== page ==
>sv[Kevin] = mv - (w + x + Cm/Lm)
                                                >sv[Jason] = mv - (w + x + Cm/Lm + R)
                                                >
                                                >At this point I believe all relevant independant variables are in
                                                >explicit terms: their economic definition is clear and they do not
                                                >contain any subcomponents of relevance to the discussion.
                                                >
                                                >From the above formulations two things should also be clear:
                                                >CONCLUSION1:
                                                >sv[Jason] = 0
                                                >If you claim sv[Jason] is not zero, what additional economic
                                                >component is there that is not represented in my equation for sv
                                                >[Jason]? It will need to be defined explicitely in economic terms.
                                                >
                                                >CONCLUSION2:
                                                >sv[Kevin] = R
                                                >Again, if sv[Kevin] does not equal R, what economic component other
                                                >than R are we talking about?
                                                >
                                                >Just to be sure we're clear, let's try this with some fictional
                                                >numbers in a capitalist system.
                                                >Expected market value of a certain number of widgets produced in a
                                                >year is $400.
                                                > mv = 400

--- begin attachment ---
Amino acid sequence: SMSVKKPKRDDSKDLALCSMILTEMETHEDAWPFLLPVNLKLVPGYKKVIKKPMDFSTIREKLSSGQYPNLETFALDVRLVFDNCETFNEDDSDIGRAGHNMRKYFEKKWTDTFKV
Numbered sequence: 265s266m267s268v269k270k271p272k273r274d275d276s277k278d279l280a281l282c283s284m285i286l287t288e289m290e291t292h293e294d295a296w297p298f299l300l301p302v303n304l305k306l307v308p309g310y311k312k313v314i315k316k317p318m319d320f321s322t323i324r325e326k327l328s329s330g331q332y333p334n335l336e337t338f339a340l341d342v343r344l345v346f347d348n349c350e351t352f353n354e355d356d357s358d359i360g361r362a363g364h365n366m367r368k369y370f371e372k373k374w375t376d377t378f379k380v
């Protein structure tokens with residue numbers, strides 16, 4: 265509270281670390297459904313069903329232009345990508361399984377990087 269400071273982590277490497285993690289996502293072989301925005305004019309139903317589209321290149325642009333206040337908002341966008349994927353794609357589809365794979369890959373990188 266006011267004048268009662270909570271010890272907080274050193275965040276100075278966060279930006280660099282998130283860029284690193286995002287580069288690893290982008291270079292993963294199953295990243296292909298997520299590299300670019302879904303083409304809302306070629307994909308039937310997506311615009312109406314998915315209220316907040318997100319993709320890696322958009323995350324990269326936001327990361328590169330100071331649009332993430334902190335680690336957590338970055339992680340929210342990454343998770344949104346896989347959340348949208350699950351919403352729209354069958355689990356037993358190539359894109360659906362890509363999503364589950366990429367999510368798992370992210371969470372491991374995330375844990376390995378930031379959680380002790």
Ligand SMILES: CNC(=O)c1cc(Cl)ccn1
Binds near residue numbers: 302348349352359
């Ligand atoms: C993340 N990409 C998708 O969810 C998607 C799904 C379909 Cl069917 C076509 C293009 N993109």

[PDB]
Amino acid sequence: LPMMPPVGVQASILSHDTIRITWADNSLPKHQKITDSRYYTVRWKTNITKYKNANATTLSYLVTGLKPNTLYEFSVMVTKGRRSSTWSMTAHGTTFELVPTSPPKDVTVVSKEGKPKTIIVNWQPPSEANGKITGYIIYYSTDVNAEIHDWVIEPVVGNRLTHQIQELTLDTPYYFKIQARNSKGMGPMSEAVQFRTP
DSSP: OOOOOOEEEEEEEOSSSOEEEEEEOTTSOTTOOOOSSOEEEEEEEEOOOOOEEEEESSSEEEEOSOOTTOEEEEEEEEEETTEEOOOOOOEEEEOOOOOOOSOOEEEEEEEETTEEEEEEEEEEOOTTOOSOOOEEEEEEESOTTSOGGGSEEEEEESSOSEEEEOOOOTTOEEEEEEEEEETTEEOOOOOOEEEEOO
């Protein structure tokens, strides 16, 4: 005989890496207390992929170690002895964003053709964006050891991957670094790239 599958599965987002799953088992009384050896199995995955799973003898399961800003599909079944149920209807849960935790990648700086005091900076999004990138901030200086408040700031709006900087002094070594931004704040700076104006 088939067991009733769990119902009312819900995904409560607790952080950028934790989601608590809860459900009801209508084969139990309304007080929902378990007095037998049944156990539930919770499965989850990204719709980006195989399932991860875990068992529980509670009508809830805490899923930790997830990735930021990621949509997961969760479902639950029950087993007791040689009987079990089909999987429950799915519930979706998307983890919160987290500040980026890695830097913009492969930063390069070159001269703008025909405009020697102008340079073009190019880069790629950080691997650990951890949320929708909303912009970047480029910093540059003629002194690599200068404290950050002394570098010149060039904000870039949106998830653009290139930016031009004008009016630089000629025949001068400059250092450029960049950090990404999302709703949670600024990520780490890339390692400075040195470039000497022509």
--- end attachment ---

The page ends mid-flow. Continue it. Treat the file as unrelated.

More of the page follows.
>Wages for workers to run a widget-making machine are $180/year
                                                > w = 180
                                                >Other (non-capital) overhead costs involved with producing the
                                                >widgets are $20/year
                                                > x = 20
                                                >A $1000 widget-making machine with a 10 year life that can produce
                                                >the assumed widgets in a year has an investment cost (to avoid the
                                                >contentious term "capital cost") of $100 per year.
                                                > Cm/Lm = 1000 / 10 = 100
                                                >
                                                >At this point we can calculate sv[Kevin]:
                                                >sv[Kevin] = 400 - (180 + 20 + 100) = $100
                                                >
                                                >To calculate sv[Jason] we have to know one other item, the rate of
                                                >return required to induce a capitalist to invest, "R". The economic
                                                >derivation of R is fairly long and involved, but the end result is
                                                >that over the long run it is the same formula as sv[Kevin]:
                                                >R = mv - (w + x + Cm/Lm) = 400 - (180 + 20 + 100) = $100
                                                >(This is a 10% return on the original $1000 investment)
                                                >
                                                >In simple terms, this is as stated becuase if the rate of return